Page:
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Global economy expected to expand 5.6% in 2021

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Global Recovery Strong but Uneven as Many Developing Countries Struggle with the Pandemic’s Lasting Effects

Output to remain below pre-COVID trends despite robust rebound by US and China

TUE 08 JUNE, 2021-theGBJournal-The global economy is expected to expand 5.6% in 2021, the fastest post-recession pace in 80 years, largely on strong rebounds from a few major economies. However, many emerging market and developing economies continue to struggle with the COVID-19 pandemic and its aftermath, the World Bank says in its June 2021 Global Economic Prospects.

Despite the recovery, global output will be about 2% below pre-pandemic projections by the end of this year. Per capita income losses will not be unwound by 2022 for about two-thirds of emerging market and developing economies. Among low-income economies, where vaccination has lagged, the effects of the pandemic have reversed poverty reduction gains and aggravated insecurity and other long-standing challenges.

“While there are welcome signs of global recovery, the pandemic continues to inflict poverty and inequality on people in developing countries around the world,” said World Bank Group President David Malpass. “Globally coordinated efforts are essential to accelerate vaccine distribution and debt relief, particularly for low-income countries. As the health crisis eases, policymakers will need to address the pandemic’s lasting effects and take steps to spur green, resilient, and inclusive growth while safeguarding macroeconomic stability.”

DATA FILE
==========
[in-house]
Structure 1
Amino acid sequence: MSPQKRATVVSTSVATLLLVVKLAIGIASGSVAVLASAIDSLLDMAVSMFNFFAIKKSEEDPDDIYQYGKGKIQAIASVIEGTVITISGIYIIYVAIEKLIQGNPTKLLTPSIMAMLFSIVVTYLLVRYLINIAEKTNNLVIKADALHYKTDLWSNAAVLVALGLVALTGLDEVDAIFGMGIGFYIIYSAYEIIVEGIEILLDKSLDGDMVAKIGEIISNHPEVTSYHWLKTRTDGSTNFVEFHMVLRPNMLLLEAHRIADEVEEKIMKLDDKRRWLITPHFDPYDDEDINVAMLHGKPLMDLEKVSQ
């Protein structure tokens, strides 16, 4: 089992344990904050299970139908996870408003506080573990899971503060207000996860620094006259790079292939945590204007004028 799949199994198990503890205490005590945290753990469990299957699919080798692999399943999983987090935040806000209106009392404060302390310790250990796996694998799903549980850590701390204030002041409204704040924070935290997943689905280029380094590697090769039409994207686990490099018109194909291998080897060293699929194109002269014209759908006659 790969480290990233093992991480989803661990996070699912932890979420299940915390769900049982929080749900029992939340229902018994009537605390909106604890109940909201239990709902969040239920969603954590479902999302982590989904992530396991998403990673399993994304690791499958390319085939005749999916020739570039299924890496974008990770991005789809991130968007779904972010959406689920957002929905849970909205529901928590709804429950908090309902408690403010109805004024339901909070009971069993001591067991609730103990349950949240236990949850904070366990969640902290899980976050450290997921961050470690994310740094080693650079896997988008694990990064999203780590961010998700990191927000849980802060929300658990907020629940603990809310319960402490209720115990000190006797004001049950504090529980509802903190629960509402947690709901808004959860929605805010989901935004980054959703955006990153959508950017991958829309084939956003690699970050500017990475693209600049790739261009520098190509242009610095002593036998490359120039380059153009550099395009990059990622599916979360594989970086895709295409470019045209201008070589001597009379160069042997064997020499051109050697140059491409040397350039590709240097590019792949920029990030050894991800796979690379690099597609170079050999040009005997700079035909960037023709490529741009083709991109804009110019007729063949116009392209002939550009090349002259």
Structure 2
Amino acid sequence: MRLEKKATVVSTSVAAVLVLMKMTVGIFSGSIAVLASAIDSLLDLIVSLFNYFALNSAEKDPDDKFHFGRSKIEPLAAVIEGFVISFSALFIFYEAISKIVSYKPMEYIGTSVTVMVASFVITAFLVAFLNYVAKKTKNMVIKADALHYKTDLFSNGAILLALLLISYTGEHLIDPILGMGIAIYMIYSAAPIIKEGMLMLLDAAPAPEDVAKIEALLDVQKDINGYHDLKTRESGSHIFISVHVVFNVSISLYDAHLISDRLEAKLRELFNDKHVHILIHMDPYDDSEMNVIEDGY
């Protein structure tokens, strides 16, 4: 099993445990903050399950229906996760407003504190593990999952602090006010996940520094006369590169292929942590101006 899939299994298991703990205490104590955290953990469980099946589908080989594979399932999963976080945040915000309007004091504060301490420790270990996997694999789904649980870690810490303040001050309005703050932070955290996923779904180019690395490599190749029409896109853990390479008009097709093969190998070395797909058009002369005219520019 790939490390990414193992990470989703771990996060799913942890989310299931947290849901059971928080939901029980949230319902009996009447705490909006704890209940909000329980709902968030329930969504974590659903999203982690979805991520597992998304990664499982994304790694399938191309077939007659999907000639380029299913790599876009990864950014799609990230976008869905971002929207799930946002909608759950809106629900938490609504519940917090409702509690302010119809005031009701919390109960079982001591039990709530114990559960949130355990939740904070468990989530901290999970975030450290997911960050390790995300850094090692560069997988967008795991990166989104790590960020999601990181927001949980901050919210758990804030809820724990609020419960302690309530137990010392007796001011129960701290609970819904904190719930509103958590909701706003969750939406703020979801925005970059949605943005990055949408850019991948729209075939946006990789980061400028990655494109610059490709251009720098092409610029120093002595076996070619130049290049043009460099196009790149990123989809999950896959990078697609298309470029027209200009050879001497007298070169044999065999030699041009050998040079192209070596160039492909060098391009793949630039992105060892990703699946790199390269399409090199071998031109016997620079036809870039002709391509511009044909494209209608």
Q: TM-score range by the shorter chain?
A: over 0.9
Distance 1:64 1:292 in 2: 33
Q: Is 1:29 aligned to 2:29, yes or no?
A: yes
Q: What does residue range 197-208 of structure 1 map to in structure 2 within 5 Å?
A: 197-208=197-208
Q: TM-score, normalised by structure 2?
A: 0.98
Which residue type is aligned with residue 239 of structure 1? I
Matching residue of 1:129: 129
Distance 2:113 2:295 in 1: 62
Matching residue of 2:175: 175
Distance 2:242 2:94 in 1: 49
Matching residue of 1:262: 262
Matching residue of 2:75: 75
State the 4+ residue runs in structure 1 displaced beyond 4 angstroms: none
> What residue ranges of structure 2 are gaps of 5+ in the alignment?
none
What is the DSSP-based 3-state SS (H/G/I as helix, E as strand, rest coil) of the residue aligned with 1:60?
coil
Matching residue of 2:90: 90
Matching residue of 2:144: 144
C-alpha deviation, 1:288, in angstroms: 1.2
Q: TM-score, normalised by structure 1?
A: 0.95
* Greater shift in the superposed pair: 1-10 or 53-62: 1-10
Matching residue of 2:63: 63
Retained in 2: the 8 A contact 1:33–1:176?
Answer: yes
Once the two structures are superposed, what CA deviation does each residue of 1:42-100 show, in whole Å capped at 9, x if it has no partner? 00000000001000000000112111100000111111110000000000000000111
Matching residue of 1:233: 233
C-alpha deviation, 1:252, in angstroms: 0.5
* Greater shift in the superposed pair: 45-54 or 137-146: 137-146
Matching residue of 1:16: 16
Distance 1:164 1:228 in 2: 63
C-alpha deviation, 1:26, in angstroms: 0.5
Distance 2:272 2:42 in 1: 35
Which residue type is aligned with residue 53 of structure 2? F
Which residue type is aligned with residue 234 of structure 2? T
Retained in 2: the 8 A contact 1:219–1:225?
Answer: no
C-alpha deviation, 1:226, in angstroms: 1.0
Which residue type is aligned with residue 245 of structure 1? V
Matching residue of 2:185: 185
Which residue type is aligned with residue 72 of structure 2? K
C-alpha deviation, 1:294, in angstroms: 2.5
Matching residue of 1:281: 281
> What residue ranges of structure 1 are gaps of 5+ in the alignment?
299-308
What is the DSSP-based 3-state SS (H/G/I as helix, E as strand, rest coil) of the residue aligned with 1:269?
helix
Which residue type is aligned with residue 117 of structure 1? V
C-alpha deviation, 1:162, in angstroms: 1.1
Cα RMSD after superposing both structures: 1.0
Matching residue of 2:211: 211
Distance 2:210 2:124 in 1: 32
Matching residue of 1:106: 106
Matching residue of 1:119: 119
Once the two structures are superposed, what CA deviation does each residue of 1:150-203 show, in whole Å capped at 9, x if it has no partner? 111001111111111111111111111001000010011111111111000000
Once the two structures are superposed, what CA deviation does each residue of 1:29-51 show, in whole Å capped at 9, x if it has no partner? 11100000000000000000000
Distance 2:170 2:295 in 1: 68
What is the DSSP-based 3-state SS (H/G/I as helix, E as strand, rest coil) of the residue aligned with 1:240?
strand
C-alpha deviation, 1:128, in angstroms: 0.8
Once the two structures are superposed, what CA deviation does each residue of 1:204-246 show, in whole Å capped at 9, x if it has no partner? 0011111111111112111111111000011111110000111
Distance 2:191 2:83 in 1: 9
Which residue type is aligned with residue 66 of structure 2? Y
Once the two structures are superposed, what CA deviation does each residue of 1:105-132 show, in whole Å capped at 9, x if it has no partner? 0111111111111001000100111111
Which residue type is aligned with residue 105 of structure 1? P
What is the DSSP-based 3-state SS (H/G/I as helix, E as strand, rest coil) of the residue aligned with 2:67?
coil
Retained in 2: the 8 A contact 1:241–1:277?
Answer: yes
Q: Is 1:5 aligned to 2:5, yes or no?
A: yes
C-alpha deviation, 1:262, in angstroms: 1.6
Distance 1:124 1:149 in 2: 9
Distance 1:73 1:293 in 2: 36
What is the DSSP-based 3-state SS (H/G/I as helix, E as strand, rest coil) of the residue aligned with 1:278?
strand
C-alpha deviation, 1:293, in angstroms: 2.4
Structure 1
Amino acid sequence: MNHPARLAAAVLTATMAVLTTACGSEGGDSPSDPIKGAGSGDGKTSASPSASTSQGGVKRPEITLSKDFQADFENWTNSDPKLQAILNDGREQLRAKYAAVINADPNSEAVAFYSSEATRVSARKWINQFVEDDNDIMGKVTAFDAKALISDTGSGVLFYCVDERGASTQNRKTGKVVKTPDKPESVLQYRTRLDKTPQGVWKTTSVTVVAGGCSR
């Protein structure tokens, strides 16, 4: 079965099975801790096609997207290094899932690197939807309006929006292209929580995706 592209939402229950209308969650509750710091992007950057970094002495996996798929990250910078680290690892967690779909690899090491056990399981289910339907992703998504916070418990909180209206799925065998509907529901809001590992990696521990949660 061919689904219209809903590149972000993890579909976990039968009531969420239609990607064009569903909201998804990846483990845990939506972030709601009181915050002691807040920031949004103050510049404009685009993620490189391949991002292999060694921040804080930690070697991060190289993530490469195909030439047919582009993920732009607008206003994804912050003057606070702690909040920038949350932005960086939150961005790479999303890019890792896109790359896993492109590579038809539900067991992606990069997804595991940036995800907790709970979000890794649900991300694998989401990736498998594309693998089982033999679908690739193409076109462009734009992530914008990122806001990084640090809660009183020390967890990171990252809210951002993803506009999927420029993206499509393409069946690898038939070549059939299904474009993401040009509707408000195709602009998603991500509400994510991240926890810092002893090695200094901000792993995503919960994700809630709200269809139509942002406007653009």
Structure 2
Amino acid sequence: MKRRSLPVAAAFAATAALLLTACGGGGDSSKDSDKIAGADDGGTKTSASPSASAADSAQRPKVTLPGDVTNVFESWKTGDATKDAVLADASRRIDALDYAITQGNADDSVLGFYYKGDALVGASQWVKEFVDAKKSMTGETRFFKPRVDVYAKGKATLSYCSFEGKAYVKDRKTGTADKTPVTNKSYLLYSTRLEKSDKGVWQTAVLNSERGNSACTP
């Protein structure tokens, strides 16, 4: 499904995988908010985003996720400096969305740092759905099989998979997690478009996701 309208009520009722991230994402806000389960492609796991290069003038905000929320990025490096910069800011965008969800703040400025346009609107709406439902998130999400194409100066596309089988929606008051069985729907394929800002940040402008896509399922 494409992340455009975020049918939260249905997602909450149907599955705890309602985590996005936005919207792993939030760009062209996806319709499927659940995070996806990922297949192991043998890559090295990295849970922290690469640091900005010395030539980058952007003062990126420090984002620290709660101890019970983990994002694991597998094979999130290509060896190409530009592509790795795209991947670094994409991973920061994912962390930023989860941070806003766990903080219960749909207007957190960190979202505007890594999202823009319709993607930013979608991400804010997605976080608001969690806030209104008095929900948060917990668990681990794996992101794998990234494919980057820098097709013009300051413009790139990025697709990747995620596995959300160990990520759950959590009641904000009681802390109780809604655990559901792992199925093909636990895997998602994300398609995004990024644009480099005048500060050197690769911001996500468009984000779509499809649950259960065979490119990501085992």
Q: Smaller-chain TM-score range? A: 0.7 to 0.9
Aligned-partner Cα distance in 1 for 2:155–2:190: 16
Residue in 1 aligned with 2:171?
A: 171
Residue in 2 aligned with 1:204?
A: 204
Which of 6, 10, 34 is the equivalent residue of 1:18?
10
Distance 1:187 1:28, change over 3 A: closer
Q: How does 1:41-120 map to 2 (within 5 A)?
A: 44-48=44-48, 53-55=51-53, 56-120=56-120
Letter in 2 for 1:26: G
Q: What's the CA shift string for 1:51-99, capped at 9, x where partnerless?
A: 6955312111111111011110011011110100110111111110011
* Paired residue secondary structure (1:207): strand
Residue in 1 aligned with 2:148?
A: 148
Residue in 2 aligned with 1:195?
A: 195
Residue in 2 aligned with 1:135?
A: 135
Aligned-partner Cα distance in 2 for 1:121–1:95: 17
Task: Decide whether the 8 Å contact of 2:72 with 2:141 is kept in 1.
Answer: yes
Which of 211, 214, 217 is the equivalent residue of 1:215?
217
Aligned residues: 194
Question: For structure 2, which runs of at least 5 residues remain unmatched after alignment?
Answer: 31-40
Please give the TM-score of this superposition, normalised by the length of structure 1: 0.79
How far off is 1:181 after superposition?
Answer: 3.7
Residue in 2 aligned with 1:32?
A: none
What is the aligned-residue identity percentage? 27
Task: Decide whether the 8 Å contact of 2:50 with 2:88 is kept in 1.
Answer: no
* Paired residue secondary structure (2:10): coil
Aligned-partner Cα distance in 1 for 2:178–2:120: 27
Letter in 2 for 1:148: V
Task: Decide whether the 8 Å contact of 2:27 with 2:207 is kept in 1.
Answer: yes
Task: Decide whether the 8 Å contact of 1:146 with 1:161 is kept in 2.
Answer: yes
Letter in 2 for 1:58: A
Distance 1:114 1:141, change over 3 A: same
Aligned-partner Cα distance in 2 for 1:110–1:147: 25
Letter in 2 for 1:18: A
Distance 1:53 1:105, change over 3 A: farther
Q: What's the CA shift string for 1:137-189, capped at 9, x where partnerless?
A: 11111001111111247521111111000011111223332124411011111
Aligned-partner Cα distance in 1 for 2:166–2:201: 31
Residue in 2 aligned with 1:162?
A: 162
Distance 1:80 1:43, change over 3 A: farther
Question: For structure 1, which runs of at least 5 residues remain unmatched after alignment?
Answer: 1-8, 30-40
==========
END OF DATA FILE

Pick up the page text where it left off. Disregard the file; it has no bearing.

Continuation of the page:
Among major economies, U.S. growth is projected to reach 6.8% this year, reflecting large-scale fiscal support and the easing of pandemic restrictions. Growth in other advanced economies is also firming, but to a lesser extent. Among emerging markets and developing economies, China is anticipated to rebound to 8.5% this year, reflecting the release of pent-up demand.

Emerging market and developing economies as a group are forecast to expand 6% this year, supported by higher demand and elevated commodity prices. However, the recovery in many countries is being held back by a resurgence of COVID-19 cases and lagging vaccination progress, as well as the withdrawal of policy support in some instances. Excluding China, the rebound in this group of countries is anticipated to be a more modest 4.4%. The recovery among emerging market and developing economies is forecast to moderate to 4.7% in 2022. Even so, gains in this group of economies are not sufficient to recoup losses experienced during the 2020 recession, and output in 2022 is expected to be 4.1% below pre-pandemic projections.

Per capita income in many emerging market and developing economies is also expected to remain below pre-pandemic levels, and losses are anticipated to worsen deprivations associated with health, education and living standards. Major drivers of growth had been expected to lose momentum even before the COVID-19 crisis, and the trend is likely to be amplified by the scarring effects of the pandemic.